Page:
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not wearing credentials, who are kind of i guess perpetrating their own sort of lawlessness on the streets. it is slightly odd, isn't it, to hear them being described as tyranny and then people are ok a p pa re ntly tyranny and then people are ok apparently with protesters being bundled off the streets into unmarked vehicles by people in combat gear with no id. yep, that it might take as well. so where do you think it leaves us? something that clearly is a spike in violent crime, it may be that these agents can do that in chicago but in other cities such as portland, oregon, the protostar against the way they are being policed. it doesn't sound as if more law enforcement is the way to deal with that. even in chicago, the way to deal with that particular kind of problem isn't what the federal government is proposing. what you need is you need kind of really thoughtful policy that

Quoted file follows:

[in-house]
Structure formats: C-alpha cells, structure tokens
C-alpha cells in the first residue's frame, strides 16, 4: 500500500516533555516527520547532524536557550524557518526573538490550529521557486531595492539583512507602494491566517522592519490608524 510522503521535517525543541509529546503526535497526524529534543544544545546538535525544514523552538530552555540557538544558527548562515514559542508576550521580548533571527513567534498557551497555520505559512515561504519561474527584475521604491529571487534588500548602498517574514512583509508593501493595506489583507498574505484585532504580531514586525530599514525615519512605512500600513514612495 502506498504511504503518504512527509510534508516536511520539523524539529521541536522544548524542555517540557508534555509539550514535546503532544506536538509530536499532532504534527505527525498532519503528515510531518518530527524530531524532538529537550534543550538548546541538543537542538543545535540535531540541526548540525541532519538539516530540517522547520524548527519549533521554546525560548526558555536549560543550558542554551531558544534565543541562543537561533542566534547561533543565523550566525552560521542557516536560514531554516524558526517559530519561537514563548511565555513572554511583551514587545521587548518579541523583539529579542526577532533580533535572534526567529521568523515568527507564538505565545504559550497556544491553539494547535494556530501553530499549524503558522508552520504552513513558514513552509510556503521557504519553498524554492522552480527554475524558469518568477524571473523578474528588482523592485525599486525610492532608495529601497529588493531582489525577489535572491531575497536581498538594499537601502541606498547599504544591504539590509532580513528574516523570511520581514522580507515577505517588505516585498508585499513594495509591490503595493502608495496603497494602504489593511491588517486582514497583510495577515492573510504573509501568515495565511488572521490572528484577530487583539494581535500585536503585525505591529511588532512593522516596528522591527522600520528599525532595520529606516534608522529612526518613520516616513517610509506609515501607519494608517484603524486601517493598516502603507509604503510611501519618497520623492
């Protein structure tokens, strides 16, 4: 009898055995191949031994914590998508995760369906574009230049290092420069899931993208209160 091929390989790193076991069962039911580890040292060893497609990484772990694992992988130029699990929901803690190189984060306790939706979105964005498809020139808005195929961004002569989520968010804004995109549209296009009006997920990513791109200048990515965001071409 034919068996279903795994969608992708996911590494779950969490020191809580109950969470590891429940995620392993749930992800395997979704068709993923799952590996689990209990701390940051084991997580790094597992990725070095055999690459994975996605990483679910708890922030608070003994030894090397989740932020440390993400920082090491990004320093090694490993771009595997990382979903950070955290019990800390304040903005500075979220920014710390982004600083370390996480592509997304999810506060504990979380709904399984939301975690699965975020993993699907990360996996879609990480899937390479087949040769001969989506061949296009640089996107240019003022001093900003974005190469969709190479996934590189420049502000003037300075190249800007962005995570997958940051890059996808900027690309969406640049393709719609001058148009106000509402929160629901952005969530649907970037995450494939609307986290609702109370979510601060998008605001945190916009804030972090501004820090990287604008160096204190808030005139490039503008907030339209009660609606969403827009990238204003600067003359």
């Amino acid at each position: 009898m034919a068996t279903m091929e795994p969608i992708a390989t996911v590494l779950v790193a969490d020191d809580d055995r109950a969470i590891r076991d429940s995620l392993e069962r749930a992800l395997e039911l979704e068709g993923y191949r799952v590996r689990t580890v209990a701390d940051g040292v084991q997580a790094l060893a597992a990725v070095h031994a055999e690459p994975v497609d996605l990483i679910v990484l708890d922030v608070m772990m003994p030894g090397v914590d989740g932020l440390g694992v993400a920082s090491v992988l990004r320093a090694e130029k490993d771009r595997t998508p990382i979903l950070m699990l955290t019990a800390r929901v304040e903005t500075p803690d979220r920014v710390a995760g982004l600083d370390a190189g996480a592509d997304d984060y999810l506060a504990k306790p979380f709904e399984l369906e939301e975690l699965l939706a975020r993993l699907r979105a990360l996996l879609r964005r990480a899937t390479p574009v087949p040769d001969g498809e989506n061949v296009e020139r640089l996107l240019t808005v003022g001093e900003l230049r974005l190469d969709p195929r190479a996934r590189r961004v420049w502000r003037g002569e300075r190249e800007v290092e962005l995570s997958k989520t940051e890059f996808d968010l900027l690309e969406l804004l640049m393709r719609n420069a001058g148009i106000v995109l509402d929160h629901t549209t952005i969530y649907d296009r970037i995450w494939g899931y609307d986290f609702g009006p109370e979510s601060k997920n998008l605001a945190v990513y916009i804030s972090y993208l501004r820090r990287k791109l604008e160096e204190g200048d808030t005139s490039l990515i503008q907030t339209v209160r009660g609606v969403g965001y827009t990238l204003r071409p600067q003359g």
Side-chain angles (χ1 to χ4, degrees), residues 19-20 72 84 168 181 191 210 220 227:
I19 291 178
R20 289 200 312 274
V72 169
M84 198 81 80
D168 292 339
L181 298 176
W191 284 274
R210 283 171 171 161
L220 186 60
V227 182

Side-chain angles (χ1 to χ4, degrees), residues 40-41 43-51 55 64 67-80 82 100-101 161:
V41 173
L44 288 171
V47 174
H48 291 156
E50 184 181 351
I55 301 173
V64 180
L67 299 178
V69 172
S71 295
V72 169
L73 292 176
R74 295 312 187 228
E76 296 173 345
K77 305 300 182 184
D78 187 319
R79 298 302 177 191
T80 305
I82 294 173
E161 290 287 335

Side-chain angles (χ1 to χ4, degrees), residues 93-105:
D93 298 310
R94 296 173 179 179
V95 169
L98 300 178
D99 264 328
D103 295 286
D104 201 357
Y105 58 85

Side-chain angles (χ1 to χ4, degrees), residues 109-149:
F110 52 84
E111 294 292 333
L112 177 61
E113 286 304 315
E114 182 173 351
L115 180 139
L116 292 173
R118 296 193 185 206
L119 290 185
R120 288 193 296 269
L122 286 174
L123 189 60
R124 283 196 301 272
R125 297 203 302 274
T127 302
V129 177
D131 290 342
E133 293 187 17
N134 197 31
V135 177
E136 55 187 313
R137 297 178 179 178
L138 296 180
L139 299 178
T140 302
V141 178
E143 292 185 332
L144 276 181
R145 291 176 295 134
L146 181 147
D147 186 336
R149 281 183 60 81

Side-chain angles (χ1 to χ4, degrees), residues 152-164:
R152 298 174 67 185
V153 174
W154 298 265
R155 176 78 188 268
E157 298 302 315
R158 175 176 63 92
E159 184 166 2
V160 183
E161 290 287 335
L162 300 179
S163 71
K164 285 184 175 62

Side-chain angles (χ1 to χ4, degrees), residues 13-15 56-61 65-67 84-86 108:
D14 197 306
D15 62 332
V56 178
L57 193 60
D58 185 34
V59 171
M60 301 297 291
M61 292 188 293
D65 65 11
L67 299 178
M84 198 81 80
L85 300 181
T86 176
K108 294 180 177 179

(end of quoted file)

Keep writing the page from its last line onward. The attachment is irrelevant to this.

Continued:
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is designed and cooperation with local authorities and it is definitely not that. the president, as you know, accuses his opponent, joe biden, of wanting to abolish the police. it is clearjoe biden doesn't wa nt to it is clearjoe biden doesn't want to do that. but there is support for diverting some police budgets to other areas, so police budgets to other areas, so it is not armed police written up to traffic stops, shoplifting instances, mental health calls? right. ithink thatis health calls? right. ithink that is true and i think it is u nfortu nate that is true and i think it is unfortunate that the phrase defund the police, it lacks the kind of nuance that i think most of these policies are actually looking for. i think there is a lot more agreement that it makes little sense to send a swat team into a domestic dispute or to look for the marijuana in somebody parliament house, so i do think that not only has president reagan is characterised by an‘s position on this, but has also